WASHINGTON: U.S. authorities arrested an alleged Hezbollah financier Friday on charges of violating U.S. terror-related sanctions, after he was apparently deported to the United States from Morocco.
Kassem Tajeddine was formally charged in U.S. federal court in Washington nearly eight years after the United States named him a "specially designated global terrorist" for allegedly proving tens of millions of dollars to Hezbollah.
He was charged with multiple counts of violating U.S. terrorism sanctions regulations as well as money laundering.
According to multiple media reports, Tajeddine was arrested on arrival in Casablanca on March 12 on a request by U.S. authorities.
He arrived in the United States early Friday, but the Justice Department would not confirm that he had been handed over to the United States by Morocco.
Tajeddine , 62, pleaded innocent to the charges, according to a Justice Department statement.
A commodities trader across the Middle East and Africa, Tajeddine was given the terror finance designation in May 2009, which carries sanctions that largely locked him out of global financial networks. The designation named him an "important financial contributor" to Hezbollah.
"Because of his support for Hezbollah ... the U.S. government imposed sanctions on Kassem Tajeddine in 2009 that barred him from doing business with U.S. individuals and companies," Acting Assistant Attorney General Kenneth Blanco said in a statement.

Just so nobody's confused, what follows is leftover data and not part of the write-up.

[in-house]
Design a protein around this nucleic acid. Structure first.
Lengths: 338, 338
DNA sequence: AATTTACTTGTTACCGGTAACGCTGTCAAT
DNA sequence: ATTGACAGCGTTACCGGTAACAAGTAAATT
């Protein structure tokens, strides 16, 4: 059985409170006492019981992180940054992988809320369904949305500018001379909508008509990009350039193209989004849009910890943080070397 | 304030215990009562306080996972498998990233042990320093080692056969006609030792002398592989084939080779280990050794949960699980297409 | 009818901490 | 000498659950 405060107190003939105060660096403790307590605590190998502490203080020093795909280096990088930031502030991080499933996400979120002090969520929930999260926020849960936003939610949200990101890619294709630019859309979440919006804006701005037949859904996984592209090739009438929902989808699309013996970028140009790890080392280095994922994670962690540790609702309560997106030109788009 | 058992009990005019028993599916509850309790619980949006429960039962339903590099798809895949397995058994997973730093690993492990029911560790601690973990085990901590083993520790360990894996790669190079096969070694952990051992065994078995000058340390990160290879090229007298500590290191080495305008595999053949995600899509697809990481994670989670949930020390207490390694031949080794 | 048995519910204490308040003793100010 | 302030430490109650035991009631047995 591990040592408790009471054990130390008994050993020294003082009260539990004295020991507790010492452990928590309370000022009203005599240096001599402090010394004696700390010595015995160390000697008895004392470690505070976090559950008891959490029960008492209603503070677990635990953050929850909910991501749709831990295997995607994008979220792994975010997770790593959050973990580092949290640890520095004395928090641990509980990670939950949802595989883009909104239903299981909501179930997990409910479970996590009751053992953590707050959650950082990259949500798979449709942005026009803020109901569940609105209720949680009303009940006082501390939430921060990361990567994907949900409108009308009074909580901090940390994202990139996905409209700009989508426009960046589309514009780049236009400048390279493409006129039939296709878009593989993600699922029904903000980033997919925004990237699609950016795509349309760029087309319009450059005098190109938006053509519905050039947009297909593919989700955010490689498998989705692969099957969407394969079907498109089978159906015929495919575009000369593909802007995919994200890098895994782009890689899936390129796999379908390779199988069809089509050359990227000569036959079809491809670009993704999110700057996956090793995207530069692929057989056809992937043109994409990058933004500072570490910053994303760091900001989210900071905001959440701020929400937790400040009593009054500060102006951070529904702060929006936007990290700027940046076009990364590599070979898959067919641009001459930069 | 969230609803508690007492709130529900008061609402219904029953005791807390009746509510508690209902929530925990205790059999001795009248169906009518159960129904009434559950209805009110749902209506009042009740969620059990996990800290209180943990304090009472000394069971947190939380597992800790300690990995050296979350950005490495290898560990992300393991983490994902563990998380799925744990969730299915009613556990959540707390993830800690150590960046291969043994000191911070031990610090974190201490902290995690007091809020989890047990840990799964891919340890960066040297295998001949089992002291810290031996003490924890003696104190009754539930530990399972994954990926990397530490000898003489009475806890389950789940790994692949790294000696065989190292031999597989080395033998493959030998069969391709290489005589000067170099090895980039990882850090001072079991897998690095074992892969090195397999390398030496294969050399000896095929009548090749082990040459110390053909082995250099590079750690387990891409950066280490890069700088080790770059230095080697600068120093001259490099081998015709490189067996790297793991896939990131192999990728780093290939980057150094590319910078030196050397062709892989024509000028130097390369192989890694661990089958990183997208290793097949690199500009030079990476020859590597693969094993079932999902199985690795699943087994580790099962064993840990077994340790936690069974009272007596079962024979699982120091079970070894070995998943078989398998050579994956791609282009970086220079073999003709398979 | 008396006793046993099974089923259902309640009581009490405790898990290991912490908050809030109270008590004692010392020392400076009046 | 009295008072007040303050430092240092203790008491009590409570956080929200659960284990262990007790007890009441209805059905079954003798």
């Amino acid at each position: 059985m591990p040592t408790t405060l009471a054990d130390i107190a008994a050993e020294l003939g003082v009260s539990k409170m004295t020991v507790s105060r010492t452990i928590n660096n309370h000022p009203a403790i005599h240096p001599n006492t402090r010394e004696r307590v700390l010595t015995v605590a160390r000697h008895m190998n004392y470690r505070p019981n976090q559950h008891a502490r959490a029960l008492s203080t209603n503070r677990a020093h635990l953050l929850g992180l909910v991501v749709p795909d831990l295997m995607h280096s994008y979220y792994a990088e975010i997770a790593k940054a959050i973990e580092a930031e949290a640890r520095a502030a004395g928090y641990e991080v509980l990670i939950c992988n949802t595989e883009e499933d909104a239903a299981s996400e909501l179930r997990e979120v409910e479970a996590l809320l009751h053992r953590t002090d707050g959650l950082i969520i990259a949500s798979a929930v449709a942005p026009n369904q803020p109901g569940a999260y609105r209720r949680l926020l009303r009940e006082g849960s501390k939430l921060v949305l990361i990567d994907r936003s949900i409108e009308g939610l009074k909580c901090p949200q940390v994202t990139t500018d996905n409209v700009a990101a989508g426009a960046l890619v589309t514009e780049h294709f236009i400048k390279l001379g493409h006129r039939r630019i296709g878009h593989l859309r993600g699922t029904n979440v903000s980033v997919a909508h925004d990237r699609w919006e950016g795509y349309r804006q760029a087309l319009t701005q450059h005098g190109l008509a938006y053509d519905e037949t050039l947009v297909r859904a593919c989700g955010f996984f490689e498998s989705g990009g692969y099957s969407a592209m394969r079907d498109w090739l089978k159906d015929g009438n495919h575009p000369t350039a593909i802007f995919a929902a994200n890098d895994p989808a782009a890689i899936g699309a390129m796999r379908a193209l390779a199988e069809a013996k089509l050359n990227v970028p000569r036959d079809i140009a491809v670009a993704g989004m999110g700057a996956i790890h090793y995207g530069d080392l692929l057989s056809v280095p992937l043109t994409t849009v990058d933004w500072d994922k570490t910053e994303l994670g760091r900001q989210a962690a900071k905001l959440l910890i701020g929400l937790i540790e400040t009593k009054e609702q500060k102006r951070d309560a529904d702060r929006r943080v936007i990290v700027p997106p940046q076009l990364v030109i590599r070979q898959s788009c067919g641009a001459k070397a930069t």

But the charges unveiled Friday did not accuse him of any recent provision of financial support to Hezbollah.
Instead, he was accused of restructuring his business organization after the 2009 designation in order to evade the sanctions and continue doing business with U.S. companies.
That included buying commodities from U.S. exporters and making wire transfers payments for them worth a total of $27 million.
The U.S. firms involved in those transactions were unaware they were involved with him, the charges said.
Writing about Tajeddine Thursday, Hanin Ghaddar and Sarah Feuer of the Washington Institute think tank said Tajeddine remained an important backer of Hezbollah.
"In addition to the revenues he secured for Hezbollah, his company Tajco has been involved in a number of residential projects located in strategic areas of Lebanon," they said.
Ghaddar and Feuer said that although Morocco would not confirm that Washington had asked for his arrest, "such cooperation would be in keeping with Morocco's emergence as a key counter-terrorism partner in recent years."